Cynthia M Lummis

Wild Horse Legislation - July 17, 2009

Cynthia M Lummis
July 17, 2009— U.S. House of Representatives, Washington, DC
Congressional floor speech
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I am from Wyoming, a State that has many wild horses on its public lands. I also have a degree in animal science, and I may be the only Member of this body who has ridden a BLM wild horse. My sister adopted two. This bill is not respectful of the grass resource.

Let's talk about the ecology and the environment of the plains of this great country. Wild horses graze differently than cattle, sheep, elk, and deer. And the reason is they have a solid hoof; whereas, buffalo, elk, deer, and cattle have a split hoof. When a solid-hoofed animal is pounding our fragile soils in the West, they are tamping or compacting that soil so it does not accept water that is needed to sustain very shallow, very fragile topsoil and the important diversity of grass species that are supported and are needed by every animal that grazes those lands and every endangered and threatened species that uses those same lands.

Furthermore, wild horses are there year-round. Livestock is only there at certain times of the year. Wild horses that were not native to these lands, in the spring, create tremendous damage when the thawing occurs that creates great rises and disruptions of the soil.

Furthermore, when they graze, they pull plants out from the roots. Some of these species are, themselves, threatened and endangered grass and flowering plant species. That is why the Wyoming Nature Conservancy has opposed this bill.

Let me read you what the Wyoming Nature Conservancy has to say: H.R. 1018 is an affront to efforts that have united conservation and ranch interests to achieve real, on-the-ground results throughout the West. Western rangeland supports population of native plants, wildlife, livestock, and wild horses. It is our position that effective management of this rangeland must be based on science, not emotion.

This bill is based on emotion and not science.

Furthermore, when flies congregate on wild horses in the summer, the horses tend to gather closely and try to roll to prevent the flies from staying on them and laying their eggs. Consequently, they're destroying sage grass habitat.

Sage grass is a threatened species that is headed for the endangered species status if we do not control the activity of species that interfere with the recovery of the sage grass.

In other words, this bill is elevating wild horses above threatened and endangered species, above all the plant and animal species that share the same habitat in the West, and this is inappropriate land management, grass management. It creates an unsustainable situation. That is why Wyoming's Democrat Governor has also opposed the bill.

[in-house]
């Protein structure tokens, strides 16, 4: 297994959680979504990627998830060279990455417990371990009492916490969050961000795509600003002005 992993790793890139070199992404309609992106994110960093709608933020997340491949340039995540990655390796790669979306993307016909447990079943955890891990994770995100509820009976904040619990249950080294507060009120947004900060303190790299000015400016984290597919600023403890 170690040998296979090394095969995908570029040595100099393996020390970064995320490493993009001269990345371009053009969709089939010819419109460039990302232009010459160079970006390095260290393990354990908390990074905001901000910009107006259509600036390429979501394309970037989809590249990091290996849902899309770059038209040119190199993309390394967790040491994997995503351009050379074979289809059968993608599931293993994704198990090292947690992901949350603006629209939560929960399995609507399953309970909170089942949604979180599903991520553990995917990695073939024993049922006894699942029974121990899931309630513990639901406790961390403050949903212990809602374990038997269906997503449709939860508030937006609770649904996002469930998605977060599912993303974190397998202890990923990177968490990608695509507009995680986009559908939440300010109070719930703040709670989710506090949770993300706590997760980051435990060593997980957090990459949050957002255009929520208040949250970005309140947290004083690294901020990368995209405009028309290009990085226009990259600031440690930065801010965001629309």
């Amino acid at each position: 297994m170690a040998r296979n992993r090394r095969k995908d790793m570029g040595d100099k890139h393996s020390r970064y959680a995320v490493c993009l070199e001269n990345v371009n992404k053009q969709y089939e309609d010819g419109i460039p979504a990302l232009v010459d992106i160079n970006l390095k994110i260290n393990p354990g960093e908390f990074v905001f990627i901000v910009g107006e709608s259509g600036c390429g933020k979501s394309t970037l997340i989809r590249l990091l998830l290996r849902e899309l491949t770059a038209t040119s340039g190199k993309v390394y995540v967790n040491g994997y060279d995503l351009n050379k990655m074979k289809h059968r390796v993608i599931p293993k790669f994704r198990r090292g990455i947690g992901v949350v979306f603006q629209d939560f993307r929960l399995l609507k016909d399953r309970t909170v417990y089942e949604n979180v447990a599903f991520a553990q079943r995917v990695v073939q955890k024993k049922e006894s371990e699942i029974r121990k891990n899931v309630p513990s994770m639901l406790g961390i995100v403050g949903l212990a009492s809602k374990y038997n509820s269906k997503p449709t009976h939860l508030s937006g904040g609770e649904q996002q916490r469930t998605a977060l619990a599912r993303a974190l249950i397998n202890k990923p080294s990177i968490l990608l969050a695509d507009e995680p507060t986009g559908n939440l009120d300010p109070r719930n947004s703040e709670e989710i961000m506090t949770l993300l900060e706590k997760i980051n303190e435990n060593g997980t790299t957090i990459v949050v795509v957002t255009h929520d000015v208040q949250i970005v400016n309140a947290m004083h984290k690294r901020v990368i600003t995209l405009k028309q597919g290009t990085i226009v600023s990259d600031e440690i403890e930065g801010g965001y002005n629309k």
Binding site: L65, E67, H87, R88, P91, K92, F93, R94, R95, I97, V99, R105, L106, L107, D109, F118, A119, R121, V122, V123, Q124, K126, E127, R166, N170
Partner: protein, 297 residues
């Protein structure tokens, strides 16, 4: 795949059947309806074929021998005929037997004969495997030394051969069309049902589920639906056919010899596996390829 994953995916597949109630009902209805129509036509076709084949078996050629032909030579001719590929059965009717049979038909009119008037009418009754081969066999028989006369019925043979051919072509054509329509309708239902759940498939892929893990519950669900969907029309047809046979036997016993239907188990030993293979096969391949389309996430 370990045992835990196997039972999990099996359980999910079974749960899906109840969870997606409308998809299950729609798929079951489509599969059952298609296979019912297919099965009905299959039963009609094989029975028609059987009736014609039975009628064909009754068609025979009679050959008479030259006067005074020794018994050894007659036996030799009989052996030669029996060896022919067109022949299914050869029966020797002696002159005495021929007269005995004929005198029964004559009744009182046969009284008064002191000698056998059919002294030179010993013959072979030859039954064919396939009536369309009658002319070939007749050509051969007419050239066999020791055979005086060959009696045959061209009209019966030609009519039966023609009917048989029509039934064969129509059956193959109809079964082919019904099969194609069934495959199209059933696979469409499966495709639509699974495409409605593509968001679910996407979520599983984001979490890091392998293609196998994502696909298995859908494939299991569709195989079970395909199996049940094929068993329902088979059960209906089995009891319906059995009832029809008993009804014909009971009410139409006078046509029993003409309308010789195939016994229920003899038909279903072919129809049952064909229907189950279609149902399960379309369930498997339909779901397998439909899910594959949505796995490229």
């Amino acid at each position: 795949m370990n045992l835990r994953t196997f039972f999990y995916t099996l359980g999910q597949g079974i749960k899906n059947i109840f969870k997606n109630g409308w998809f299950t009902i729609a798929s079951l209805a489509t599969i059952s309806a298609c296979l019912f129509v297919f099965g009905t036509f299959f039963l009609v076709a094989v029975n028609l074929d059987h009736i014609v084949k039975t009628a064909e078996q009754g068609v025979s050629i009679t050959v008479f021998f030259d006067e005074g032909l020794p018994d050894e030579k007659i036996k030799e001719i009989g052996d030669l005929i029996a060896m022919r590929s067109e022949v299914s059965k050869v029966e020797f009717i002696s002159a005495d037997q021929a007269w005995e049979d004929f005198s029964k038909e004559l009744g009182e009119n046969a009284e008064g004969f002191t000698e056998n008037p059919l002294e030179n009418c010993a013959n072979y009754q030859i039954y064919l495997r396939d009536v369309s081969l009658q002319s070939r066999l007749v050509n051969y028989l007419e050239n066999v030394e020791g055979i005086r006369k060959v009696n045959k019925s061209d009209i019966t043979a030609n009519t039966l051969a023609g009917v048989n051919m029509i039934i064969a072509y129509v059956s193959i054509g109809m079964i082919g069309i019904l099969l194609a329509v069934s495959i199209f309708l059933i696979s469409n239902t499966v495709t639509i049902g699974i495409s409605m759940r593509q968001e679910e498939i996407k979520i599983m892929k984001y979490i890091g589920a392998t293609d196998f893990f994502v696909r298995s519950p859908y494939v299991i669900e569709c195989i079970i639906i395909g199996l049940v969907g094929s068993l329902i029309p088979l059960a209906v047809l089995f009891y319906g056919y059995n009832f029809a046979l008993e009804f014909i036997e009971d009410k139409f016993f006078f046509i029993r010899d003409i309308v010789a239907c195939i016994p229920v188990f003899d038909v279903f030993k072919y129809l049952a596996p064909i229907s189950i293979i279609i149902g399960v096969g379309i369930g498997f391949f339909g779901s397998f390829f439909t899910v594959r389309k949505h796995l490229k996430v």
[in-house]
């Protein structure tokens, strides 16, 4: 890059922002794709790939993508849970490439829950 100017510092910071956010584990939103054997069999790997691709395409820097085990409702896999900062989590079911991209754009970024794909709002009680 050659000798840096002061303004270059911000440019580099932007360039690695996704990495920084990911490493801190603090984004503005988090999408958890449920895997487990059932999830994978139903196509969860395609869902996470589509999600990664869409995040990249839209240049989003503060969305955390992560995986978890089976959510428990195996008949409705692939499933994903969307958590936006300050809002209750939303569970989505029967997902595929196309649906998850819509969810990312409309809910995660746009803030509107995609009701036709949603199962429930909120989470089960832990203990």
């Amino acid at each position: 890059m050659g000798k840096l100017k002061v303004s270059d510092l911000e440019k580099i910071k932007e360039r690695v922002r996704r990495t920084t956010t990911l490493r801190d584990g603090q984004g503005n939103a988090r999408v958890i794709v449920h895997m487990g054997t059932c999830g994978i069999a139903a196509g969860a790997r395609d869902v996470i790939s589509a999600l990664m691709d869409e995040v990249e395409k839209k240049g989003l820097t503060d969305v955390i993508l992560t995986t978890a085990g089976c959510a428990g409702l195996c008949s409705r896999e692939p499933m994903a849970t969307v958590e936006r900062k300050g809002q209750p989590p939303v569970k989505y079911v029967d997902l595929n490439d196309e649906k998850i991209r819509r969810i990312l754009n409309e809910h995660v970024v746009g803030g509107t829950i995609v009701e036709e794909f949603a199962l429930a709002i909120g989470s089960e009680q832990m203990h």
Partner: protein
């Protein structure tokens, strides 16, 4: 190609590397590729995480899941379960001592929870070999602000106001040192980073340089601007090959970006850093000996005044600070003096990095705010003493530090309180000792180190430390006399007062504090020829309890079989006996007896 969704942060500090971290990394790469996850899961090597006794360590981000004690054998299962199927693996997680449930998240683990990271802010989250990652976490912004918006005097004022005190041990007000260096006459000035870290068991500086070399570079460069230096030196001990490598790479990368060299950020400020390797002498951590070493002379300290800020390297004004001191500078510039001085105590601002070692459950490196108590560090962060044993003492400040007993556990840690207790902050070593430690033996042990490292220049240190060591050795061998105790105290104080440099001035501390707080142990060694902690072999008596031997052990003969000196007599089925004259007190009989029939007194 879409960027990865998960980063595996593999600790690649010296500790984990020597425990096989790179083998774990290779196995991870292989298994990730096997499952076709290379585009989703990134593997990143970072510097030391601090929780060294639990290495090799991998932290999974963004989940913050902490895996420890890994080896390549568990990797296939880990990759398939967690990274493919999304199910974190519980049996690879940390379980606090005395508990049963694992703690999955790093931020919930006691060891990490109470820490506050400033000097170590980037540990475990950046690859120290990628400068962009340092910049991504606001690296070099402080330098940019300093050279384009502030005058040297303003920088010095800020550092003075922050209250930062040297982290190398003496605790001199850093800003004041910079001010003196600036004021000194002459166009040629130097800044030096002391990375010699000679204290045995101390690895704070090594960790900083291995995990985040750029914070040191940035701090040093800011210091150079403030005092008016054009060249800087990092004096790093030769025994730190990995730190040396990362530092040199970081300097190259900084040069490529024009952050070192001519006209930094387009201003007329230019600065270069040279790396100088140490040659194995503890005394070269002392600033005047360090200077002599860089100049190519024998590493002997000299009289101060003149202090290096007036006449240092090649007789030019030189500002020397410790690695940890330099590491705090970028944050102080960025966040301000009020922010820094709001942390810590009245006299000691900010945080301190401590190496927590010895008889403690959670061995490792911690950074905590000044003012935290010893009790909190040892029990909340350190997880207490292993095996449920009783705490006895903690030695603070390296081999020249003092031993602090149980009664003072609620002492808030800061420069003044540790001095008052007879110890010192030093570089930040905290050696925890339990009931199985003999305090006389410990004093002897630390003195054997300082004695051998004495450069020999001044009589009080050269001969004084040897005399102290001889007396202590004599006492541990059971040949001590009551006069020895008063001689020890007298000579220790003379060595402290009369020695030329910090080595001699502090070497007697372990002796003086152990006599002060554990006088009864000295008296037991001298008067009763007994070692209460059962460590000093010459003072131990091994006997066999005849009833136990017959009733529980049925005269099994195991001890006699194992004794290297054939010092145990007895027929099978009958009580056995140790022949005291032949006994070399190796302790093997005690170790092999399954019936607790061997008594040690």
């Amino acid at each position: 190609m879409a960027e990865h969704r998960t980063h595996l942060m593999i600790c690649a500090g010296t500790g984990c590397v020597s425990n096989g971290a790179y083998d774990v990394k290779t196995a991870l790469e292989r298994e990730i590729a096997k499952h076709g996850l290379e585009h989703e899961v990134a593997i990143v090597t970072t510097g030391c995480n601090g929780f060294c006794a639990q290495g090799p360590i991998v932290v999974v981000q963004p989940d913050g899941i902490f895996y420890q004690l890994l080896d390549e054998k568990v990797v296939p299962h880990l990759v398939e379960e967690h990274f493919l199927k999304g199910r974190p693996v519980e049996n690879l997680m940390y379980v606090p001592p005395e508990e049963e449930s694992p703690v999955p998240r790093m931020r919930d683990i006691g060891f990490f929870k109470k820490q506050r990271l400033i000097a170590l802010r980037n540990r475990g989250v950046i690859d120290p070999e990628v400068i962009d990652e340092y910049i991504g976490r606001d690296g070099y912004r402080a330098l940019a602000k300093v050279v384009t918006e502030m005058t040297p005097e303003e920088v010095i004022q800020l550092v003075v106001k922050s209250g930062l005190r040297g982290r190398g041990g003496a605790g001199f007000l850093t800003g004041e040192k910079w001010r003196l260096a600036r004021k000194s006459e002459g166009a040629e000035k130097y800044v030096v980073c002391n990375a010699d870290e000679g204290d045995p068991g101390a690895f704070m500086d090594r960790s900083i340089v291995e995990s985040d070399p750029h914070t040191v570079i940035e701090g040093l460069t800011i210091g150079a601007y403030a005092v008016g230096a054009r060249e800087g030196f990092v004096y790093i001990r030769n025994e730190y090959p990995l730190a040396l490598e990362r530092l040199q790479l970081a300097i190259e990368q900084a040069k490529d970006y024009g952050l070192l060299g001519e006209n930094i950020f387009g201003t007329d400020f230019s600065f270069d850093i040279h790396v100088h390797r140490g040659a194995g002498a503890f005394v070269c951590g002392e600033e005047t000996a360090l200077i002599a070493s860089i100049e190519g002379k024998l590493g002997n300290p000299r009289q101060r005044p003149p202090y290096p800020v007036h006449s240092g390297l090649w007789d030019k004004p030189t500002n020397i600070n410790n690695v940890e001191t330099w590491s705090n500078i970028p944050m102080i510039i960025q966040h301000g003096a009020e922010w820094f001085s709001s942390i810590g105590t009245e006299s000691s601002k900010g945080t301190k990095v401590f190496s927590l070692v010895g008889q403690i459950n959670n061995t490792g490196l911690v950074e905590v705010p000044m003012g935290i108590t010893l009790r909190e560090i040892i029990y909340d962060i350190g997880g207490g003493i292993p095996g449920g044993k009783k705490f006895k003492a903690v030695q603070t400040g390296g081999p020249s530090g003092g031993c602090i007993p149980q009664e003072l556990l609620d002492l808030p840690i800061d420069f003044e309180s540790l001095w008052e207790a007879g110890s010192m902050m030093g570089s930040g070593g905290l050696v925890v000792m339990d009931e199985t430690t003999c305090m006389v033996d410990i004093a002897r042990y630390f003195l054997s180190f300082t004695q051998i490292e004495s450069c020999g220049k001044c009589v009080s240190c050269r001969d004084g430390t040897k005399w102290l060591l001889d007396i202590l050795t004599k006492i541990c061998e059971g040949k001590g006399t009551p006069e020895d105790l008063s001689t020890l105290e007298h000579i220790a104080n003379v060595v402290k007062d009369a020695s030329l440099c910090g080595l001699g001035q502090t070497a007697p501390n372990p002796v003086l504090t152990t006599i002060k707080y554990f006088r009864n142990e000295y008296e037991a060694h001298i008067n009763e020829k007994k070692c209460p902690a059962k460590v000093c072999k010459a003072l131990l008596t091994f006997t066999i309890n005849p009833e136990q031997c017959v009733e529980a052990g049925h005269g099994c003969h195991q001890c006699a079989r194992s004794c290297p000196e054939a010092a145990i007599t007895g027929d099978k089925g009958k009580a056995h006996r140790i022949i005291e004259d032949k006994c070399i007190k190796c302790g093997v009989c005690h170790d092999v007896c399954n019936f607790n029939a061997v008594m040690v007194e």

Governor Dave Freudenthal of Wyoming: H.R. 1018, to be frank, props up a program in need of sweeping reform. The current adoption program is full and is not responsive to the real issues of wild horse management. By increasing expensive holding facilities where many of these animals live out their lives because they are unadoptable, H.R. 1018 ignores the reality that wild horse and burro populations are out of control and doesn't get to the real problems that cripple our ability to truly manage these animals.

Furthermore, Wyoming's highly respected premier Game and Fish Department: Simply put, we are very concerned that expanding the management of free-roaming horses and burros to all public lands would have devastating impacts to the long-term sustainability of the public's fish and wildlife resources and their habitats in the West.

The list goes on and on of opponents. These opponents are people that manage fish and wildlife. These are people who manage grass resources. These are people who have boots-on-the-ground experience and know that you cannot elevate one nonnative species over native species of plants and animals and have an ecologically sustainable grass resource and prairie system.

Chairman Rahall, I have great respect for your knowledge of the mining laws that are so important to my State and your State, but I can tell you respectfully, Mr. Chairman, that wild horses are a problem in Wyoming, and I'm very hopeful that you will choose not to import the problem to your State of West Virginia. But if you do, you will find, of course, that you can sustain mammals in terms of a number of mammals per acre. In Wyoming, it's the number of acres per mammal, and it can vary anywhere from 35 acres to sustain one mammal to over 100. Because of that, the consequences of overgrazing are enormous.

Today's population of wild horses stands at approximately 36,000, and we know that the wild horse program stipulates that the total population of wild horses on public land should not exceed about 28,000 in order to promote a thriving ecological balance.

Mr. Chairman, we are talking about ecological balance. Yes, this is an expensive program, and I concur with the remarks of my ranking member from Washington. But I want to emphasize the disrespect that this bill places on our sensitive, fragile grass resources in the West that, during times of drought and during times of heavy pressure, are unavailable to sustain this feral horse population, nonnative, that is in need of control.

155 Congr. Rec. 8320. (2009).